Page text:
(Day 13 of 30 Days of Blogging)
I’ve been working on an opinionated and ultra-minimalist Firefox theme that pairs nicely with Tridactyl. I thought I’d share a few notes here.
But first some pretty screenshots! Here’s what you’re greeted with when you open a Firefox window:
Nope, it’s not a terminal, that text prompt is the address bar.
Here’s what it looks like with a page in a single tab:
The tab bar is hidden until there are multiple tabs. I find this helps me focus during certain tasks where I have a browser window with just one site I’m working on.
Here’s a slightly busier example with three tabs open:
One of the tabs is playing audio, which is shown with a yellow underline.
In order to fit on this blog, all of these screenshots are much lower resolution than I actually browse with. But even with windows at low resolutions you can see it’s pretty readable.
Default browser UIs can be messy, and some things were obvious candidates to remove. Other things were less obvious but since the theme assumes hotkey usage, basically everything that doesn’t communicate important information gets hidden:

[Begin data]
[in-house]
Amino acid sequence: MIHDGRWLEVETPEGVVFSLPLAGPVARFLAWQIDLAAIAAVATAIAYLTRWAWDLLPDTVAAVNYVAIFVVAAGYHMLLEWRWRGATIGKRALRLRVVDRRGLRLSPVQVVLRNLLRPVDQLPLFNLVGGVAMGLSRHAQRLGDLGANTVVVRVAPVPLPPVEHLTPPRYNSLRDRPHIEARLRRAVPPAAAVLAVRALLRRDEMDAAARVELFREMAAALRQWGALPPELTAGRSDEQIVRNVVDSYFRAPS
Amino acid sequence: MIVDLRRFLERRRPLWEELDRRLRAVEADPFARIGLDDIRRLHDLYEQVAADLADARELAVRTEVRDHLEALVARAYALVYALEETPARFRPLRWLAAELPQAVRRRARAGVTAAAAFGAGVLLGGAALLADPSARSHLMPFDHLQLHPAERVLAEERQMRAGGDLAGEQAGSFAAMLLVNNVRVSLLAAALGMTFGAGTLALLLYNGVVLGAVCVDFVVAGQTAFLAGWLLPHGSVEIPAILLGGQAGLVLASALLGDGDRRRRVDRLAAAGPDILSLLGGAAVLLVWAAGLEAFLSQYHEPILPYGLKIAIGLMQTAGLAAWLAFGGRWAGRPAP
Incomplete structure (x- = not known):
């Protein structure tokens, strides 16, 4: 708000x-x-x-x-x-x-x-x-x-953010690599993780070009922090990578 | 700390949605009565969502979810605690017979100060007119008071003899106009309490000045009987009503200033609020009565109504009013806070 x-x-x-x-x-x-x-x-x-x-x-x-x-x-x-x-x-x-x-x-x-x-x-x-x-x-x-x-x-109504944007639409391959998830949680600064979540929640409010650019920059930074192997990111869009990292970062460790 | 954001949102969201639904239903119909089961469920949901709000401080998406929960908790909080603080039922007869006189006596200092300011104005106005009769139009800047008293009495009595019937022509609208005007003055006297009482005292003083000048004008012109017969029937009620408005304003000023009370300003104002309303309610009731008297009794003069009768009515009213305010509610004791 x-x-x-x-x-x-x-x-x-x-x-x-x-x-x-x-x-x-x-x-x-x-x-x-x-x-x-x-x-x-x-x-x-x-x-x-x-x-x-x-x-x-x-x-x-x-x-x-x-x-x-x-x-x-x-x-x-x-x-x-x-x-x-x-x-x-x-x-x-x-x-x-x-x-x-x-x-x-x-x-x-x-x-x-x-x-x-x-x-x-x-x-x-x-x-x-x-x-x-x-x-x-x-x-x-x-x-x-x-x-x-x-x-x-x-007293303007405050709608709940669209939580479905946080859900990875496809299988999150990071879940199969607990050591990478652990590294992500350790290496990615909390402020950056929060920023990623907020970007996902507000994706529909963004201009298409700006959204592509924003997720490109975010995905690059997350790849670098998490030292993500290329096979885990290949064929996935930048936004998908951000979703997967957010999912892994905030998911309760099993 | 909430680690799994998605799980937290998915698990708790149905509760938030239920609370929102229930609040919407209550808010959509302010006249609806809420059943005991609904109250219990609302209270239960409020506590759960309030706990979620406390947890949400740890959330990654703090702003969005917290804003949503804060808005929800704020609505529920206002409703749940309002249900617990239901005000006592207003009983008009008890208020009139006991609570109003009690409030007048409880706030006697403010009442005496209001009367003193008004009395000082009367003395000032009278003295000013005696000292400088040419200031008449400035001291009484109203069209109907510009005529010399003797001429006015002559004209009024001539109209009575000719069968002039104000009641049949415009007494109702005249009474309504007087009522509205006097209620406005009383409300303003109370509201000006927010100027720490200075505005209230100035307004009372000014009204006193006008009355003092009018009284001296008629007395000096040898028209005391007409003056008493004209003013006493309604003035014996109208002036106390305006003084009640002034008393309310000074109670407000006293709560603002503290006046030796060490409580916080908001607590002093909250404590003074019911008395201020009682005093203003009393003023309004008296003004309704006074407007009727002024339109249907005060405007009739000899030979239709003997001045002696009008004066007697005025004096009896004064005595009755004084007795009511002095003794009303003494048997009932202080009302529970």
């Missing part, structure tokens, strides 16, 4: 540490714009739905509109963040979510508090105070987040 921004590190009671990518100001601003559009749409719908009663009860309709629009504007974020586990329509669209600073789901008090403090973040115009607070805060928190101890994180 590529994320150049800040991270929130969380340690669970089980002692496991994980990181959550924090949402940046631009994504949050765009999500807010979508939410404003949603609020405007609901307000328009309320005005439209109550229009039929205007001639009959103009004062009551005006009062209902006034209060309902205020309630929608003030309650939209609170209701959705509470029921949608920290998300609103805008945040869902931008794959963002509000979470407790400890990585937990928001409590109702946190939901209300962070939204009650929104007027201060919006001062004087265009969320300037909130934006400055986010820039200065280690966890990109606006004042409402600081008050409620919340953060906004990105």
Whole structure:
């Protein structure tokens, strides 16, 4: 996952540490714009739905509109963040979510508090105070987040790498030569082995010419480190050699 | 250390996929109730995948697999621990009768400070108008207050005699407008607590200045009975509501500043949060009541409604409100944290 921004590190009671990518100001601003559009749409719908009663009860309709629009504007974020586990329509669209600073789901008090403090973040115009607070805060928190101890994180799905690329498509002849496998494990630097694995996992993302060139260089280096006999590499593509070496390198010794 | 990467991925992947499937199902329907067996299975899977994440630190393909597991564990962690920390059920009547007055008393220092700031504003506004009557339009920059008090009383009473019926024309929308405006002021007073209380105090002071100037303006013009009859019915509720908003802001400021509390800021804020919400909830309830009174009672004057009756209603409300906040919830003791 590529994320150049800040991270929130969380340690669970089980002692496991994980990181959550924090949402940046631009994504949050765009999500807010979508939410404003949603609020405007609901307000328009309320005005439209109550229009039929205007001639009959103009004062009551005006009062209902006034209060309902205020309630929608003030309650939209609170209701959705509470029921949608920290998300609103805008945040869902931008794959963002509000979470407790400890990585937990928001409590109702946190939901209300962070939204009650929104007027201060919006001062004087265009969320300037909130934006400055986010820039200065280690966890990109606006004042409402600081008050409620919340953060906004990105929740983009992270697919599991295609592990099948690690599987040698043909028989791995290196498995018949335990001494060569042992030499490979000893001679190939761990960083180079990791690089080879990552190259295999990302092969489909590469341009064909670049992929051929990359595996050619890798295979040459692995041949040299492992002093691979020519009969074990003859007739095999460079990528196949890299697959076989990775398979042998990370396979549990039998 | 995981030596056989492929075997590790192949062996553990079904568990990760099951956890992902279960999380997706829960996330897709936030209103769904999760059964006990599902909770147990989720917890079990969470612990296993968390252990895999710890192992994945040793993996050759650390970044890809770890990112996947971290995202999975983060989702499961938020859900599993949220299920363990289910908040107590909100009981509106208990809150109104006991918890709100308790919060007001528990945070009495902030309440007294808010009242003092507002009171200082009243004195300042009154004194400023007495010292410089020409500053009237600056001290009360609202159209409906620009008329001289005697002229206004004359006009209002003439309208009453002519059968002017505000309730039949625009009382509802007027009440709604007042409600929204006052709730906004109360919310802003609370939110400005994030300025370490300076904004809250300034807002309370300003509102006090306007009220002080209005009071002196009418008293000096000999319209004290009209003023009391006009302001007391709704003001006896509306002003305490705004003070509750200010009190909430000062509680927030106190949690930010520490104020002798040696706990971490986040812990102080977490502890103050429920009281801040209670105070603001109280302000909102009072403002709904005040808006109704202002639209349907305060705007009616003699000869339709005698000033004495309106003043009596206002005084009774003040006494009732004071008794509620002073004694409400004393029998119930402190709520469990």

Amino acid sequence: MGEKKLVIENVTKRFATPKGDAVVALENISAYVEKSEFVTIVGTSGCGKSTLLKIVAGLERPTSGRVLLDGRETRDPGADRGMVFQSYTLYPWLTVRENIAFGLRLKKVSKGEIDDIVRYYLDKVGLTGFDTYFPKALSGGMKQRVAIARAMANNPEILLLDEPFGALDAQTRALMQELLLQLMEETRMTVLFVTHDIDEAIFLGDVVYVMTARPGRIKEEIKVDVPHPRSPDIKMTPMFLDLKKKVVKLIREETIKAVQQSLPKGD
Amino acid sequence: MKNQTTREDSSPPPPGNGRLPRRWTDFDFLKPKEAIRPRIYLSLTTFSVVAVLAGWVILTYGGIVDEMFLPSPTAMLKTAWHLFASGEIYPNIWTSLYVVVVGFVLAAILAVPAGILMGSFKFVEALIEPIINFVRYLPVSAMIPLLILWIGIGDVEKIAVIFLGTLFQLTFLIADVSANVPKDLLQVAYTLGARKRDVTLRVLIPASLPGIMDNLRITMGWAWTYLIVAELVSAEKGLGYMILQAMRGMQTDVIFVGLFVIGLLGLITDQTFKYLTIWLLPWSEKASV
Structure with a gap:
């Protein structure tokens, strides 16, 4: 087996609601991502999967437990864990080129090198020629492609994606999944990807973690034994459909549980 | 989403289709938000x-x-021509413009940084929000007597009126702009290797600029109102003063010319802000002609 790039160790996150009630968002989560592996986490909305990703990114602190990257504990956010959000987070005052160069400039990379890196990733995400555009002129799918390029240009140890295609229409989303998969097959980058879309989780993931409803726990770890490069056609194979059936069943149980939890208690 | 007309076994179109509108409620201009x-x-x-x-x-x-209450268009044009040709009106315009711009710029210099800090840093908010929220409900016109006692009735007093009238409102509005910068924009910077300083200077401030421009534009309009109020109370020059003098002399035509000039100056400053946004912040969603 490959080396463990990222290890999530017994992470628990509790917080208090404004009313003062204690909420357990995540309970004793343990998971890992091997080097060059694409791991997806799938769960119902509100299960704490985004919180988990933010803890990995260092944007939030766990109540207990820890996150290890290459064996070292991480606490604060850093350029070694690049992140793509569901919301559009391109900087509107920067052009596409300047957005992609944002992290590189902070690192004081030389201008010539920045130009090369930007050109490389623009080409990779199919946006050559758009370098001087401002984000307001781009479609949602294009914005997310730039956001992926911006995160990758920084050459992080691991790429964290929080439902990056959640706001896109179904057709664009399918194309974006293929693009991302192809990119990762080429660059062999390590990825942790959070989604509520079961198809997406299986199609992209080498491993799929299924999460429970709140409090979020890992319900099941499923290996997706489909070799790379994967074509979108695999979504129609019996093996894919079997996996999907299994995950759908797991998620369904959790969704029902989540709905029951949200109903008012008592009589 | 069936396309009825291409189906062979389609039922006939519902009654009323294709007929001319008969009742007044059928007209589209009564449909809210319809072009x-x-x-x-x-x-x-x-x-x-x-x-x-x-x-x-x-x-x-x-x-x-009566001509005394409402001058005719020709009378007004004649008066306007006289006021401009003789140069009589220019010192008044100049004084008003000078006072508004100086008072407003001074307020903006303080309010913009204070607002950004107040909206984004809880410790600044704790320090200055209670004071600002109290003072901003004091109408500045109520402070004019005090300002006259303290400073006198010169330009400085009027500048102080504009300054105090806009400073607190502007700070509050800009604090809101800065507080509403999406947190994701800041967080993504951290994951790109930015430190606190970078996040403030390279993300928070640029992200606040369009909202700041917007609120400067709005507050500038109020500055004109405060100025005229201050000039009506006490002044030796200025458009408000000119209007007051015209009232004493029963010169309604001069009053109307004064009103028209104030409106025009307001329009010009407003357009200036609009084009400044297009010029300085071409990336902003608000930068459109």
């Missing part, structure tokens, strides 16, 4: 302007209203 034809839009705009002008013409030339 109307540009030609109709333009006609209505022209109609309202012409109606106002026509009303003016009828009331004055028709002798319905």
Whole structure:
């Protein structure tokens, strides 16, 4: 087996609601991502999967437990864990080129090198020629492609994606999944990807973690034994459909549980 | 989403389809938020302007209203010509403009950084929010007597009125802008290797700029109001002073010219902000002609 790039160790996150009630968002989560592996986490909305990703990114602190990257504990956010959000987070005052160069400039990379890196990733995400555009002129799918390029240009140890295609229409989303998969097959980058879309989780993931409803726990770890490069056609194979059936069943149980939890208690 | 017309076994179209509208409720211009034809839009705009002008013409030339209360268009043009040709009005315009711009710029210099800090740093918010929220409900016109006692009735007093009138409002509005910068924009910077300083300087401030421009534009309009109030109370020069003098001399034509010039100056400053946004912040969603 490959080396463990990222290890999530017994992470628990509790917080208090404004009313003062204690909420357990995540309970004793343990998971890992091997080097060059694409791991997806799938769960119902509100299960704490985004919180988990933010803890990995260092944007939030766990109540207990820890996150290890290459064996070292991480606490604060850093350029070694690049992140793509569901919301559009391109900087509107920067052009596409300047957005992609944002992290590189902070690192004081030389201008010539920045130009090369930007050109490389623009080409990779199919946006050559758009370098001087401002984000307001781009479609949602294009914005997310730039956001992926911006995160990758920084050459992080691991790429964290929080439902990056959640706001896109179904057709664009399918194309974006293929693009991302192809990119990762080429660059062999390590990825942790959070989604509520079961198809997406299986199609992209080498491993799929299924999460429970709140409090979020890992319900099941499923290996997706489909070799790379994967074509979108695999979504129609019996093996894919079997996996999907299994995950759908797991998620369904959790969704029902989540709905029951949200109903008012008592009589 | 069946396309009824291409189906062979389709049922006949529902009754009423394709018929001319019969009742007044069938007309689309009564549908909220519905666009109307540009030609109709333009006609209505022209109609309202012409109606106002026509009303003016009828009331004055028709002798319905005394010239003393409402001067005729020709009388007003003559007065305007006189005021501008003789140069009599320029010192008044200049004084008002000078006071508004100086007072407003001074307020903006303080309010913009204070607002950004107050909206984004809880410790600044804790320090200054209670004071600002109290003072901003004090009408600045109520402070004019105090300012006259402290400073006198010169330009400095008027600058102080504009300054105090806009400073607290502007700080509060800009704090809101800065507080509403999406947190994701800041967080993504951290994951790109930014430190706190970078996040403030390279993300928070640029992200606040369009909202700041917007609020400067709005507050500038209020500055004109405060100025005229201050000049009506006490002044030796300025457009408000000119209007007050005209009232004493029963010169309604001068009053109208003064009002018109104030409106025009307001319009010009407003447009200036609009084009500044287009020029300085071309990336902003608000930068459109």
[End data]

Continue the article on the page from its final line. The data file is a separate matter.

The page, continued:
- Navigation buttons (back, forward, home, reload): I use hotkeys or the right-click popup.
- Page action buttons (bookmark, show info, add to Pocket, etc.): Either I have hotkeys or I never use these features.
- Tab favicons: No branding and more room for the title.
- The hamburger menu: The alt key can be pressed to temporarily show the menu bar. Most of the things in this menu can be hotkeyed (open dev tools, Firefox preferences, logins, etc.)
- Extension buttons: I only use uBlock and Tridactyl.
- Downloads button: Actually, I kept it because it’s handy to see download progress. It’s kind of annoying that it doesn’t auto-hide after the downloads are finished. I might remove it.
- Page scrollbars: You can usually infer your position in a page just by looking at the content. Tridactyl has vim-like hotkeys for going to the bottom and top of the page.
I used to be one of those people with 50+ tabs open, persisted across every session. Maybe once a week or so I would do a tab purge.
Using a “one-line” theme quickly discourages that habit. These days I rely more on multiple windows. When I start a new “task”, I open a new window on a different desktop. When done I close the window and all the tabs are gone. If I need to go back to some site I found before, I use browser history or bookmarks.
There are still some quirks to work out but once it’s ready I’ll throw the theme up somewhere on Github!